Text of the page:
@morrow without logs this will be hard to track down. can you ask your administrator to open up a support case for this?
I am using Active Directory for user information for Zarafa. With the commando ‘zarafa-admin –l’ can I retrieve a list with Zarafa users, however it is not possible for (certain) users to log in into the webaccess or Outlook, what is wrong?
In Active Directory it is possible to set, for every user on which computer he/she may login. For verification of the username and password of a user, a computer will bind to the Active Directory. When the name or ip-address is not in the list of computers, the username and password is not verified by the Active Directory. The same would happen when the name or ip-address of the Zarafa server is not available in the list of computers, so the user cannot login to Zarafa.
For checking/changing this, you can take the following steps:
To integrate Zarafa with an Active Directory server, you need to specify the LDAP search queries in the ldap.cfg file. From these search queries, Zarafa can locate the users and groups in the ADS.
To ensure the LDAP search queries are as fast as possible, we advise you to specify a subfolder in the LDAP structure, where all users are located. By specifying the subfolder in the ADS, the LDAP search does not need to search the complete tree.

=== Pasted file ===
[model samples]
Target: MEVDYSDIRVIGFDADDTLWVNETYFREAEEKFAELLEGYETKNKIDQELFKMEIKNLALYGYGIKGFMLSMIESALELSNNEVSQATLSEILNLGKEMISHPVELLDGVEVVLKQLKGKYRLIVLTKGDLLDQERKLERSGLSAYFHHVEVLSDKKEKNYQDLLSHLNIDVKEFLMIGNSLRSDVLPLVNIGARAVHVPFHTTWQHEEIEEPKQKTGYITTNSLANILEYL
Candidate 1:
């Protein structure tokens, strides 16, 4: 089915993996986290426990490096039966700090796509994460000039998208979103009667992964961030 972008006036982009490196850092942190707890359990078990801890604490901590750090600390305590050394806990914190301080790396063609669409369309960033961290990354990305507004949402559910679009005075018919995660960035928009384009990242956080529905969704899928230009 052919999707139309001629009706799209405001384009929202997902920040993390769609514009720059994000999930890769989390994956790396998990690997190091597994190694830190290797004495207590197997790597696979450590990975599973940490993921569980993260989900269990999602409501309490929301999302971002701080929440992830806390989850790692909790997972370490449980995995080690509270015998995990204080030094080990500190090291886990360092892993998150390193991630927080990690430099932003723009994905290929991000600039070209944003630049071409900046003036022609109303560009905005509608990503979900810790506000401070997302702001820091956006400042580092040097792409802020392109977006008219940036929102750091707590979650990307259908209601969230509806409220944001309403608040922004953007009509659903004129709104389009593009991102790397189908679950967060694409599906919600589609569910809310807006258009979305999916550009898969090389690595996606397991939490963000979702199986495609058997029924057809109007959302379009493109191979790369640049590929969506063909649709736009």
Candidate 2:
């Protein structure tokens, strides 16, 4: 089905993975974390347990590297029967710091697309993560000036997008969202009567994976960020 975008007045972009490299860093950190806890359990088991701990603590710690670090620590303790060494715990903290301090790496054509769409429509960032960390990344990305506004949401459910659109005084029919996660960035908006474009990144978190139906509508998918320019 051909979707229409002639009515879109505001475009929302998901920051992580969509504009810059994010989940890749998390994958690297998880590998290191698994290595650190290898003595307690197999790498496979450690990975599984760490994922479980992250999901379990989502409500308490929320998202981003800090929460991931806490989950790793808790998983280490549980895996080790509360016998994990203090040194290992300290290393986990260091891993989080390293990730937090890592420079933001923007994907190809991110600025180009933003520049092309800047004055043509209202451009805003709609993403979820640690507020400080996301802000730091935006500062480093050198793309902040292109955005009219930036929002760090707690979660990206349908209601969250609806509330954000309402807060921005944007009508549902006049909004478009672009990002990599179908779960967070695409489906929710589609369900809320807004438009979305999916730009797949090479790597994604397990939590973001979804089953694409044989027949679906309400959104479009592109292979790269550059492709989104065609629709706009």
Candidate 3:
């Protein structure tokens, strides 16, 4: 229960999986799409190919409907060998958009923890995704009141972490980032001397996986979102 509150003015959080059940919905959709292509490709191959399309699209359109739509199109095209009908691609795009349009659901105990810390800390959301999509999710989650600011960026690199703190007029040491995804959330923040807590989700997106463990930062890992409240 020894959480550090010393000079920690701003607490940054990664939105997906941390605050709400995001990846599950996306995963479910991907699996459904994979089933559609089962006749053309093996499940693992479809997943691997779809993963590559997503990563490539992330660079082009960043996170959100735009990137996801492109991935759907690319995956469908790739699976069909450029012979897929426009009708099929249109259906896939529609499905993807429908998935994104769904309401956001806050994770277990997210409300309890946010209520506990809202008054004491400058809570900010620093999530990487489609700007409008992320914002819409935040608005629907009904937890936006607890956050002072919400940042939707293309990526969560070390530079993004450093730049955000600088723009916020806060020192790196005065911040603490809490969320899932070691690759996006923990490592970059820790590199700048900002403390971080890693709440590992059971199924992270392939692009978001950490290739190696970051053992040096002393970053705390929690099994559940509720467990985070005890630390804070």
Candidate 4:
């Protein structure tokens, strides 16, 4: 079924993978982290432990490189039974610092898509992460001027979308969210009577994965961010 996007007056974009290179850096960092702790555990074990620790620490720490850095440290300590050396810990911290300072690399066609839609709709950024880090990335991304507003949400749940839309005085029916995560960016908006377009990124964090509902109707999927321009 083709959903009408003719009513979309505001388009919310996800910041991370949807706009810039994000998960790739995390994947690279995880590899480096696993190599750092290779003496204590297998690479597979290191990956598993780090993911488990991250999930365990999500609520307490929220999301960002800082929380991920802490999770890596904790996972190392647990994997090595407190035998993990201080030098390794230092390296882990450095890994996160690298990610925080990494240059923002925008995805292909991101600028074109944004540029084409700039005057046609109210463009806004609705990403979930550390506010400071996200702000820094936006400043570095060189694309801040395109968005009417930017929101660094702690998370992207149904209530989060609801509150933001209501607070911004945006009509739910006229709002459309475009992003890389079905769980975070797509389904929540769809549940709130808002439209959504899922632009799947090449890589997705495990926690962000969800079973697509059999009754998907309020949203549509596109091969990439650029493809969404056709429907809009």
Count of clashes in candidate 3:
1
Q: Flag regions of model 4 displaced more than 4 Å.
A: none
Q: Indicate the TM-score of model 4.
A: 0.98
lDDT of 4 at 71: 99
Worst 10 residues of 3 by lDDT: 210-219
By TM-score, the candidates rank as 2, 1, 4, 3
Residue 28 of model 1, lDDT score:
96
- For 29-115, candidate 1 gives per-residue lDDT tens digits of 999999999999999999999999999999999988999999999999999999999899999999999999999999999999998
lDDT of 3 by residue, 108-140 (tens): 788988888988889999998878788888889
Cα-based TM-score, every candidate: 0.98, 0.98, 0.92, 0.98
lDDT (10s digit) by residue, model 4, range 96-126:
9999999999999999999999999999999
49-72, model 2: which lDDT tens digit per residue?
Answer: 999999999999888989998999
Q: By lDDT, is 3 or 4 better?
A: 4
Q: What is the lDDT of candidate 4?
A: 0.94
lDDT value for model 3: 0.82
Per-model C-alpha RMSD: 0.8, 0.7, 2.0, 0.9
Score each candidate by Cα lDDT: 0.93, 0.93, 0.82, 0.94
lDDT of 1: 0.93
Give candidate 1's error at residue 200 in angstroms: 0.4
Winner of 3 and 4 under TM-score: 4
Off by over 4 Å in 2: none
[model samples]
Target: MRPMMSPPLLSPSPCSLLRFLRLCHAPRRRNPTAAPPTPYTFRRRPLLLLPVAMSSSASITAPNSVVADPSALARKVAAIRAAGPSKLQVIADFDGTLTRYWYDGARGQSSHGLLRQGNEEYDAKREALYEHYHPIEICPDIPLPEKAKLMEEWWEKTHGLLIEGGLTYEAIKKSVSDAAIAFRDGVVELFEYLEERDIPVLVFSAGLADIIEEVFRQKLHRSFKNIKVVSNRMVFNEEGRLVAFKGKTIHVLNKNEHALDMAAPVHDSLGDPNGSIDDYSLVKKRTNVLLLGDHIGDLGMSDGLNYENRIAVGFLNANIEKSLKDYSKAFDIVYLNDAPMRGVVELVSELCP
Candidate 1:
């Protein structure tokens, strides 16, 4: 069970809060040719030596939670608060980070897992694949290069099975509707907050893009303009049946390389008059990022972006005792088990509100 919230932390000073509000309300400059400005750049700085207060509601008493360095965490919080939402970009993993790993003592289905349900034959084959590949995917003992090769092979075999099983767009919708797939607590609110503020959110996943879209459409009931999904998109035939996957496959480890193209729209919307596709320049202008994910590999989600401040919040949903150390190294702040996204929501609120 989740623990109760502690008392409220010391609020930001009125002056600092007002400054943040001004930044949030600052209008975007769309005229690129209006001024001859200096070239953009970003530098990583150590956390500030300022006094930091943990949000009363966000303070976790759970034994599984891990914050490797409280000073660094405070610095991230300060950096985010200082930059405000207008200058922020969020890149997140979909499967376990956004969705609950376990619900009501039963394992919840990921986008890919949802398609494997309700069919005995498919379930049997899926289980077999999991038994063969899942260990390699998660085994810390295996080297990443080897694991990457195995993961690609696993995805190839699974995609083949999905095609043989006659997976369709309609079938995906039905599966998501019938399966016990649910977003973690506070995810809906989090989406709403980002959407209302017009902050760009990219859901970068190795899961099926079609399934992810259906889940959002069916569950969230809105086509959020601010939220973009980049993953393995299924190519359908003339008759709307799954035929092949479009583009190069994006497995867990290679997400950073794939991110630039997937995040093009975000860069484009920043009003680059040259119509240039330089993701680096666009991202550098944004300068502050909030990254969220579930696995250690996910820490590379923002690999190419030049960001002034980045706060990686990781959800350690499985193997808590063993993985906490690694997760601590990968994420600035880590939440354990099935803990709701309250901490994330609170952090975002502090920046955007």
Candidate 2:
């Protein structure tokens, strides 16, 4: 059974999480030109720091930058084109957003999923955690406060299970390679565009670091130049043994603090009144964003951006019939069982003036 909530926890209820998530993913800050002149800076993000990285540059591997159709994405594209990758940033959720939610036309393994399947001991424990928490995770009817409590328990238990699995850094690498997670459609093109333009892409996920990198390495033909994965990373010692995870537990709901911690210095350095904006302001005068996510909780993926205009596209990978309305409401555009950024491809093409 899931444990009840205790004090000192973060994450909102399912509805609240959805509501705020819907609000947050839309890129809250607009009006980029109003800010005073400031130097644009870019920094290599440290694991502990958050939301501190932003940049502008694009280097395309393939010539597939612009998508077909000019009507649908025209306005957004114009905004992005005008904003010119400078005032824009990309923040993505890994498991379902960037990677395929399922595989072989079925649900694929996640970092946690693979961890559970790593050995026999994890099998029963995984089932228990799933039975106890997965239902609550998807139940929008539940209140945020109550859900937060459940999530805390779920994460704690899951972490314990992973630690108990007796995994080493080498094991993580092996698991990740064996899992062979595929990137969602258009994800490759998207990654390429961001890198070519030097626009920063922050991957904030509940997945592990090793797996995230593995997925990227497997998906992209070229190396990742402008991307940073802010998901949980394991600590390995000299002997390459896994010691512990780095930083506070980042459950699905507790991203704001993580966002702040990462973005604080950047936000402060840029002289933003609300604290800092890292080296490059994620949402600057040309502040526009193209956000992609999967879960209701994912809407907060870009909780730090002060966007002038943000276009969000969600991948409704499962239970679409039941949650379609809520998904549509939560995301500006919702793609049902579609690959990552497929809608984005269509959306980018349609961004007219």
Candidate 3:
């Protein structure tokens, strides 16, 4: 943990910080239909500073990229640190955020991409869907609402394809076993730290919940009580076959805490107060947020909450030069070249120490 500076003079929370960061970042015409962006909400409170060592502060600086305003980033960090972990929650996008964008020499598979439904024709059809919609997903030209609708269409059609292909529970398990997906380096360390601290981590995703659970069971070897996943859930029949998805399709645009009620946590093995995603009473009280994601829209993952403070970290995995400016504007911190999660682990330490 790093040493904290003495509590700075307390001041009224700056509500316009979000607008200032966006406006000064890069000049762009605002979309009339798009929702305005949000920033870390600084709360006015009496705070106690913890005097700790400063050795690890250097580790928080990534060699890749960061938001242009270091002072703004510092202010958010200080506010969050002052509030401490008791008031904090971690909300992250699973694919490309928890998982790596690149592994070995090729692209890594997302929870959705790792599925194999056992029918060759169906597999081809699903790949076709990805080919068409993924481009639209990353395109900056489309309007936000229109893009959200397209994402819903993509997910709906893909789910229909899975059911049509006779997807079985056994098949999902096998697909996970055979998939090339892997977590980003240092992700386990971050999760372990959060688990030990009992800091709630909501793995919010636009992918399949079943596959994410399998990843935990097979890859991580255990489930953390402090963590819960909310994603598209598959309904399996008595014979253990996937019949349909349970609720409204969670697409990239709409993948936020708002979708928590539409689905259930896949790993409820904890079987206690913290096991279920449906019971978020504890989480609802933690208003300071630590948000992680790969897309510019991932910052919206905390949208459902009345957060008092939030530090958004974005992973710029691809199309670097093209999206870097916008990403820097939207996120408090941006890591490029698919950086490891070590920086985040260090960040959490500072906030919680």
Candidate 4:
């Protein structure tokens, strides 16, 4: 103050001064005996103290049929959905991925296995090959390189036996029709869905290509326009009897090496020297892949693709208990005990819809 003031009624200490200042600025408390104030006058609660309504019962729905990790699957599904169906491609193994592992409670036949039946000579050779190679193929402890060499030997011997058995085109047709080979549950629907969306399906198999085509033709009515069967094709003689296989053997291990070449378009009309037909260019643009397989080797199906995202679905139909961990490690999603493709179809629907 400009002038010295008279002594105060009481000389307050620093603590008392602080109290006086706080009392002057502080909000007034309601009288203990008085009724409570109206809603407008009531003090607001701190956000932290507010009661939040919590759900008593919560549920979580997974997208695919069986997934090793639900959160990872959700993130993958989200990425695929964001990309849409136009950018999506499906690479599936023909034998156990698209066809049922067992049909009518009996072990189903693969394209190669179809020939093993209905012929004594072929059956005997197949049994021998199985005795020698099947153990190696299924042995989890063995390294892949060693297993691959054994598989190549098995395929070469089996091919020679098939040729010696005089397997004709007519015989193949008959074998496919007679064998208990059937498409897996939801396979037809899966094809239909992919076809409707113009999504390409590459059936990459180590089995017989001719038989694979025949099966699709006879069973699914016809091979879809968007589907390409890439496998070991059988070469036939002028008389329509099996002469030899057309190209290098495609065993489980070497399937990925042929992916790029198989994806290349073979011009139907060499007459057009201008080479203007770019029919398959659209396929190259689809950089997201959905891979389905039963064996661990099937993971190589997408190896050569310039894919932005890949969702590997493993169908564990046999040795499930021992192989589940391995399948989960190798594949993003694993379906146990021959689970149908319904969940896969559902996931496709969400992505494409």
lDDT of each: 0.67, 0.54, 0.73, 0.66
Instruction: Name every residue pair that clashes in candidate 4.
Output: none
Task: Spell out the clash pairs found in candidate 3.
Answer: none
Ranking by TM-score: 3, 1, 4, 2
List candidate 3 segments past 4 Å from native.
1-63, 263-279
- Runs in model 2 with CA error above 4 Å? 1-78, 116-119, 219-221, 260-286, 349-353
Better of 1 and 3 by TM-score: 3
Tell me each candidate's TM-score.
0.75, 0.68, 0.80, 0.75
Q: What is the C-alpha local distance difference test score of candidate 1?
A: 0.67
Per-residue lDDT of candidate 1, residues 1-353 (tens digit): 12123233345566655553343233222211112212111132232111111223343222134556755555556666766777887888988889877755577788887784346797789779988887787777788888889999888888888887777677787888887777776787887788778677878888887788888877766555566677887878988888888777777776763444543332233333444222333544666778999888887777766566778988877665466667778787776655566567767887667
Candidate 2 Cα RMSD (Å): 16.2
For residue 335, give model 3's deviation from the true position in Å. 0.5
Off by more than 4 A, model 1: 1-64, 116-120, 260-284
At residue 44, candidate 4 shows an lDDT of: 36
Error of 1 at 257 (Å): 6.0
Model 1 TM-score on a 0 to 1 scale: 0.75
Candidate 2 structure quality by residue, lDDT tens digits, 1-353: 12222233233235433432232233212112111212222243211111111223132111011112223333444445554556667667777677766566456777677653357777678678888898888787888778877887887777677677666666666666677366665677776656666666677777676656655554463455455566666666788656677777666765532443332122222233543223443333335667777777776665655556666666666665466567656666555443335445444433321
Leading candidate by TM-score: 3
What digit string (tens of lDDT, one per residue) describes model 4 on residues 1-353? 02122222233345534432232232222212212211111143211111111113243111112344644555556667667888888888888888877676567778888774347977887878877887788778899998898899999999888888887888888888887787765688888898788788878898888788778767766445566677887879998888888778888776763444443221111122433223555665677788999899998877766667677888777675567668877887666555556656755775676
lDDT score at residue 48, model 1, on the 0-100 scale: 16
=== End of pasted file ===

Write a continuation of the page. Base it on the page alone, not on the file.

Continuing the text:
By default, Zarafa generates an Outlook store for every found user in the LDAP tree. When users in the ADS do not use Zarafa, you should put them in a separate folder in the ADS, where Zarafa does not search for users.
To specify groups for Zarafa, we advise you to create a separate folder in the LDAP tree and create all the Zarafa groups in this folder. By creating a specific folder for groups, not all the Windows system groups are visible in Zarafa.
An example ADS configuration file is found in /usr/share/zarafa/ads.cfg. This file can be used as a template for ADS servers.
Read more about Active Directory integration in the Zarafa LDAP whitepaper.
When the data from LDAP is used for Zarafa, only the value of the unique LDAP attribute is stored in the Zarafa database. When other user data is needed, Zarafa retrieves this from LDAP by searching on the value of the unique LDAP attribute. When a user is removed from LDAP, that value of the unique LDAP attribute will also be removed from LDAP. To make sure that the users which are removed from LDAP will also be removed from Zarafa, Zarafa will look to the existing values of the unique LDAP attribute. When one of those values is removed from LDAP the user will also be removed from Zarafa. When there is a new value, a new user would be created in Zarafa.
When the value of the unique attribute is changed, for Zarafa this means that the user is deleted and a new user is created. This will result in deleting the ‘old’ store of the user and creating a new store. The old store will move to the Admin folder in the public store.
In the LDAP documentation you can find the solution to change the unique attribute for groups, as well as for users.
The default behavior of Microsoft Windows Server 2003 is to remember old passwords for one hour after a password change.
It is noted by Microsoft that no security weakness is caused by this kind of behavior, as long as only one user knows both passwords.
Existing components that are designed to use Kerberos for authentication are not affected.
Unofficially it is done for replication between 2 or more domain controllers. Standard domain controllers replicate every 15 minutes.